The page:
3. Demonstrate the correct procedure for eating a Tim Tam.

4. Do you have an Aunty Myrna who is famous for her tuna mornay and other dishes involving a can of cream of celery soup?

5. In any two-hour period have you ever eaten three-bean salad, a chop and two serves of pav washed down with someone else’s beer that has been nicked from a bath full of ice?

6. When you go to a bring-your-own-meat barbie can you eat other people’s meat or are you only allowed to eat your own?

7. What purple root vegetable beginning with the letter “b” is required by law to be included in a hamburger with the lot?

CULTURE

1. Do you own or have you ever owned a lawn mower, a pair of thongs, an Esky or Ugg boots?

2. Is it possible to “prang a car” while doing “circle work”?

3. Who would you like to crack on to?

4. Who is the most Australian: Kevin “Bloody” Wilson, John “True Blue” Williamson, Kylie Minogue or Warnie?

5. Is there someone you are only mates with because they own a trailer or have a pool?

6. Would you love to have a beer with Duncan?

The people to be granted citizenship are the ones who call it a crock and cheat.

———

So, how did you do?

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8 thoughts on “Australian citizenship test

  1. *blink* I understood like 1% of that. Call me gullible, but do people really talk like that in Australia? The slang? Do they really add all the “ies” on the end of words? I’m asking seriously. I mean, I know Karen doesn’t but I’ve never seen her in the flesh hanging out with her friends (correction: her best mates). Finally:

    β€œIn the arvo last Chrissy the relos rocked up for a barbie, some bevvies and a few snags. After a bit of a Bex and a lie down we opened the pressies, scoffed all the chockies, bickies and lollies. Then we drained a few tinnies and Mum did her block after Dad and Steve had a barney and a bit of biffo.”

    Is this actually English?

    I think slang Cockney, with all that rhyming business is really wacked too; how anyone understands it is beyond me.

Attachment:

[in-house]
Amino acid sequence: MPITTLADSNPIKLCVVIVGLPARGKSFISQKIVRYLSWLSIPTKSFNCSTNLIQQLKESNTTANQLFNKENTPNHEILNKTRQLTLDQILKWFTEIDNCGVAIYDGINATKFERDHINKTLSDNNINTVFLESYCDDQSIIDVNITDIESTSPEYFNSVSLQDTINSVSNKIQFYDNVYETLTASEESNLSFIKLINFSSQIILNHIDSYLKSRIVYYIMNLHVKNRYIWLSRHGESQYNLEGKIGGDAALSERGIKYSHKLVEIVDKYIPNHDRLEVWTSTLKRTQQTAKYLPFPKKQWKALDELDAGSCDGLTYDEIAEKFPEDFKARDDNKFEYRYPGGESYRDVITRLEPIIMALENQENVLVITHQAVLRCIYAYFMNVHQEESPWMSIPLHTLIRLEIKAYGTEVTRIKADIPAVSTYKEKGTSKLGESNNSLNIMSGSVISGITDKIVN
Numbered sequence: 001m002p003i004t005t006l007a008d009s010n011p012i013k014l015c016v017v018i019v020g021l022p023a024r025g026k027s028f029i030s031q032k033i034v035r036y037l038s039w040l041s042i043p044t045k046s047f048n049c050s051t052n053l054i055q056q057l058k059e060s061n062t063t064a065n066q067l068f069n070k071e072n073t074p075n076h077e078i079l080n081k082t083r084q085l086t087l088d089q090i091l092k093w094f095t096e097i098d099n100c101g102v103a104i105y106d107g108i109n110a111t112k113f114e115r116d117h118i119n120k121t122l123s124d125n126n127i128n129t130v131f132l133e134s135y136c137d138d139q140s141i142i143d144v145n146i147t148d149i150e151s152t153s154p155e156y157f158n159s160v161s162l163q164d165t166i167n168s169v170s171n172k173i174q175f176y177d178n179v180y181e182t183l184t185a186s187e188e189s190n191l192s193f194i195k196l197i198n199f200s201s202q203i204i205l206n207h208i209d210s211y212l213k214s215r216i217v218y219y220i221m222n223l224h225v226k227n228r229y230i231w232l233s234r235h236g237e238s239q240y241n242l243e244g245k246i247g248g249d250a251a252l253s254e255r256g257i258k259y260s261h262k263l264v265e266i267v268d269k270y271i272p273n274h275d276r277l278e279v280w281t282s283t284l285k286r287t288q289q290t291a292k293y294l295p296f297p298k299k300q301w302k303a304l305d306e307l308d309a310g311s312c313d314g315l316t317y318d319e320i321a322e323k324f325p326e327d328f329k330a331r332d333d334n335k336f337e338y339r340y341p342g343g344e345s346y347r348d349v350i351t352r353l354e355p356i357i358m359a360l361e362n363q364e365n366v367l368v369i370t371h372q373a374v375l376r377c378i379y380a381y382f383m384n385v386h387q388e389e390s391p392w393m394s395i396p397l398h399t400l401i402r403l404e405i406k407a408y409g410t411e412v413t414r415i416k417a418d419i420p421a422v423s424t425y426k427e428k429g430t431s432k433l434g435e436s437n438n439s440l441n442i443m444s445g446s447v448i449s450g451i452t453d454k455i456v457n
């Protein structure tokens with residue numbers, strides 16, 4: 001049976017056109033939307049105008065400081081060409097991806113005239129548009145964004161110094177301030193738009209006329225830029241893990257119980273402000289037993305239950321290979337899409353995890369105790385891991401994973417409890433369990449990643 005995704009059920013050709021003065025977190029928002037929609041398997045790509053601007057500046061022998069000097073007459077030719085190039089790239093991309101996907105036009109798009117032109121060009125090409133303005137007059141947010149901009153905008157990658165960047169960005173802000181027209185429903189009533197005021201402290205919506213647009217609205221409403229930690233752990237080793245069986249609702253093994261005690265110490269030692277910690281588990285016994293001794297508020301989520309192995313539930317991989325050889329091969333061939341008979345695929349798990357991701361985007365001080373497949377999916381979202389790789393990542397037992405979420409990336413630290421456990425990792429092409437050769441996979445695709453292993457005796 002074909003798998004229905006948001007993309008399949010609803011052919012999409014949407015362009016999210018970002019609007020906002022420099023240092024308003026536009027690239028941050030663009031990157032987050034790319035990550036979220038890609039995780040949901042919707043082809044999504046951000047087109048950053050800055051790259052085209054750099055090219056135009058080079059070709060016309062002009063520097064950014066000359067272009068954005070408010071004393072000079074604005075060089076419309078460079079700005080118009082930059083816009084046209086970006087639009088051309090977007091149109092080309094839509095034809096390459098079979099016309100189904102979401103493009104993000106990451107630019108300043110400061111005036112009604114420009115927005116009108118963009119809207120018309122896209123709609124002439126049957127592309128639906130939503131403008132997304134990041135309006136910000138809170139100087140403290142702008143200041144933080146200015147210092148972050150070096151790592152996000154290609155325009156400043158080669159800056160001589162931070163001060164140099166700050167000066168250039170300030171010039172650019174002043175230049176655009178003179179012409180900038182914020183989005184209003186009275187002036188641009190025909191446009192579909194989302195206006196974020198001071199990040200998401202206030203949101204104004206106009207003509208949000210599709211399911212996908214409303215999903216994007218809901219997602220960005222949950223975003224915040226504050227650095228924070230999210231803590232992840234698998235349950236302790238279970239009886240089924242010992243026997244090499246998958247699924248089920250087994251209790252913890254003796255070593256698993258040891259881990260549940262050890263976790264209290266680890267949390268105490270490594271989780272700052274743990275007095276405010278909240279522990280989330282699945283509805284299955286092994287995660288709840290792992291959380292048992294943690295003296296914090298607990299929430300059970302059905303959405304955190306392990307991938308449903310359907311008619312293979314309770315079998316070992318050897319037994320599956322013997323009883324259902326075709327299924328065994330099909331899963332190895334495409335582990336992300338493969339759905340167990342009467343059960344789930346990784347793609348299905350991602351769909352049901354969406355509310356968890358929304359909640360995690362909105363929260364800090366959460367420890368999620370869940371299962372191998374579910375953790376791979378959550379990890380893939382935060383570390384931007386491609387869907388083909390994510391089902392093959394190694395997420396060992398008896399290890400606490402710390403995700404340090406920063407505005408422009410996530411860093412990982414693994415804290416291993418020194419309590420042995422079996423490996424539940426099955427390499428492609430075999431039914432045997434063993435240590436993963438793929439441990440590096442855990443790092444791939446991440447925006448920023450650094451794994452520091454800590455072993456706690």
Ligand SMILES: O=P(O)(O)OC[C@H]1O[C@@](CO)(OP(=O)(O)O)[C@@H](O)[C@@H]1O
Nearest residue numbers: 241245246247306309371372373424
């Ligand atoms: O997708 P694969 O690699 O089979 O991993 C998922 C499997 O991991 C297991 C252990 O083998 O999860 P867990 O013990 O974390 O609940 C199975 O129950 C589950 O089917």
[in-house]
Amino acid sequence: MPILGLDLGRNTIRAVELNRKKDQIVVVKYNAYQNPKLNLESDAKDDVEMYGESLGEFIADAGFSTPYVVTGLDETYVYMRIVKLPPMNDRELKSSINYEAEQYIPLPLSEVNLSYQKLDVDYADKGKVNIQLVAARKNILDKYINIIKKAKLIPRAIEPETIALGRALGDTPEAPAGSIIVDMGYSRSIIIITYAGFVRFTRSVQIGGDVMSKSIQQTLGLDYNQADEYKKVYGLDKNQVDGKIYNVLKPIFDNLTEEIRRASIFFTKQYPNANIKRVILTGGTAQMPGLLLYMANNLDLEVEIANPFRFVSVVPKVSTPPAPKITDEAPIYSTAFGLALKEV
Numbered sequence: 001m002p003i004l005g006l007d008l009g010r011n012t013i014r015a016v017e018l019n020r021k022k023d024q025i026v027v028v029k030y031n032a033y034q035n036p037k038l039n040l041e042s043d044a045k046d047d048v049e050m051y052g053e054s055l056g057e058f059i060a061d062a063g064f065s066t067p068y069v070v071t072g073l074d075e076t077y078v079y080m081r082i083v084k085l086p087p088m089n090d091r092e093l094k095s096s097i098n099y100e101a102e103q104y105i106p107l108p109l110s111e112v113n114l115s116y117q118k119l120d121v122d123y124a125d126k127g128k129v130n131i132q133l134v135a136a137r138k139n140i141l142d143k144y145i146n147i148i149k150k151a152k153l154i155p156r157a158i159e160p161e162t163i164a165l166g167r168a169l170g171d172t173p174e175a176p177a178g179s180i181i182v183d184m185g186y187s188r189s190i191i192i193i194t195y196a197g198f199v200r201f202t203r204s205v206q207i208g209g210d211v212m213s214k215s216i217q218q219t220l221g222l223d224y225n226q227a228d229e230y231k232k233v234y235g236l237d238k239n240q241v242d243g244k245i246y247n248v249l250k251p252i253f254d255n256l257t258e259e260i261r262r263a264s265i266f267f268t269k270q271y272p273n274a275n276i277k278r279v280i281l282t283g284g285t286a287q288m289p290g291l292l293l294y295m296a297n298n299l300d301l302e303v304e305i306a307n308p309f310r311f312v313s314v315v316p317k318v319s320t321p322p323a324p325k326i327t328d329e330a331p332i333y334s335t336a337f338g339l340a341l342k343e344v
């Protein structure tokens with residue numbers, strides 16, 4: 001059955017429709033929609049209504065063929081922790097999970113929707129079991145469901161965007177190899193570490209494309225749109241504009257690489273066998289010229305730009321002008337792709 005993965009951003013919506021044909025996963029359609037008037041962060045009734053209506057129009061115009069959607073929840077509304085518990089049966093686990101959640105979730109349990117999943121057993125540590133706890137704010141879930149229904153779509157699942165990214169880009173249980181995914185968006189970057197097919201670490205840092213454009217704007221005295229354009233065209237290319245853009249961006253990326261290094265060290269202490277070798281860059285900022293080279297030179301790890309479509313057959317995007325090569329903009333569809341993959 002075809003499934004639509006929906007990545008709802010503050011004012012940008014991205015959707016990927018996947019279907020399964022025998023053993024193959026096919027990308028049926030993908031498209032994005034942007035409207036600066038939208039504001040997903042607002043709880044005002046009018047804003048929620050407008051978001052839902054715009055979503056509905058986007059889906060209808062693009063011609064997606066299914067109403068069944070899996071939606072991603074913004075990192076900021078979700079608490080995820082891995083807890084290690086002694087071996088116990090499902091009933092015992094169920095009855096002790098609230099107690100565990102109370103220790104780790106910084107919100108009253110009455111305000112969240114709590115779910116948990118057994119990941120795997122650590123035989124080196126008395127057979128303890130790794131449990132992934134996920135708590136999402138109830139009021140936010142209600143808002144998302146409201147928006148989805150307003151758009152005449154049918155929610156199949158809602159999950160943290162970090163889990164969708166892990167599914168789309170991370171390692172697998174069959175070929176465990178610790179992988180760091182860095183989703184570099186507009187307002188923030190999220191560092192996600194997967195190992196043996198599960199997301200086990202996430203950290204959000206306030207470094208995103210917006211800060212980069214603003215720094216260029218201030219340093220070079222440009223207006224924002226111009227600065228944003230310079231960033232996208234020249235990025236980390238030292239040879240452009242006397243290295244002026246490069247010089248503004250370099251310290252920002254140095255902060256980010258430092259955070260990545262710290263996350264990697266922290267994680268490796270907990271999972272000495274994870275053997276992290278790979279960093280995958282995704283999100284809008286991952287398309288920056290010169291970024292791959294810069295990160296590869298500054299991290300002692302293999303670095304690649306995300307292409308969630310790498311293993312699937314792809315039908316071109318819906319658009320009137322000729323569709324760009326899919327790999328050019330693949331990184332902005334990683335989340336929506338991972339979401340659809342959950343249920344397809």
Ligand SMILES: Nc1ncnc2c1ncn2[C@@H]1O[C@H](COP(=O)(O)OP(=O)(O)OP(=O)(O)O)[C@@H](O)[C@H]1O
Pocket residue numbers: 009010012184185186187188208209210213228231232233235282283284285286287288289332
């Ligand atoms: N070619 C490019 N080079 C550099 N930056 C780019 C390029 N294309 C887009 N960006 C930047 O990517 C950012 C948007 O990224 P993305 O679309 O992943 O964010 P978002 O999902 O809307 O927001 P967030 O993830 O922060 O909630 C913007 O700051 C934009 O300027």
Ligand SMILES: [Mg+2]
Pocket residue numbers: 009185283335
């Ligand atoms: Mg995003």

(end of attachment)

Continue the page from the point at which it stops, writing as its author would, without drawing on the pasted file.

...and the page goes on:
Now, my tummy is rumbling so I think I’m off to..hm.. find a bit of biffo? Maybe not.

  2. Yep, it’s all real. Only the real bogans really talk like that all the time, but most Aussies will use at least some of those phrases and expressions on a fairly regular basis.

    As for that paragraph you quoted, no it’s not English. It’s Strine, the official slang dialect of Australia, very common throughout the country. I’ll be kind and translate it for you here:

    “In the afternoon last Christmas the relatives arrived for a BBQ, some drinks and a few sausages. After a bit of a Bex [a hangover cure] and a lie down we opened the presents, ate all the chocolates, biscuits (that’s cookies to you) and sweets (candy). Then we drank a few cans of beer and Mum got angry after Dad and Steve had an argument and a bit of a punch up.”

    See. Easy. So if you’re hungry you don’t want to go out looking for a fight. You need some snags off the barbie.

    πŸ™‚

  3. *laughs* And I shouldn’t laugh because we have the deep south, west coast surfer/valley talk, and east coast ghetto speak. I don’t understand any of that either. And if you spoke to me, you’d have to get past my Wisconsin accent first to know what I was saying.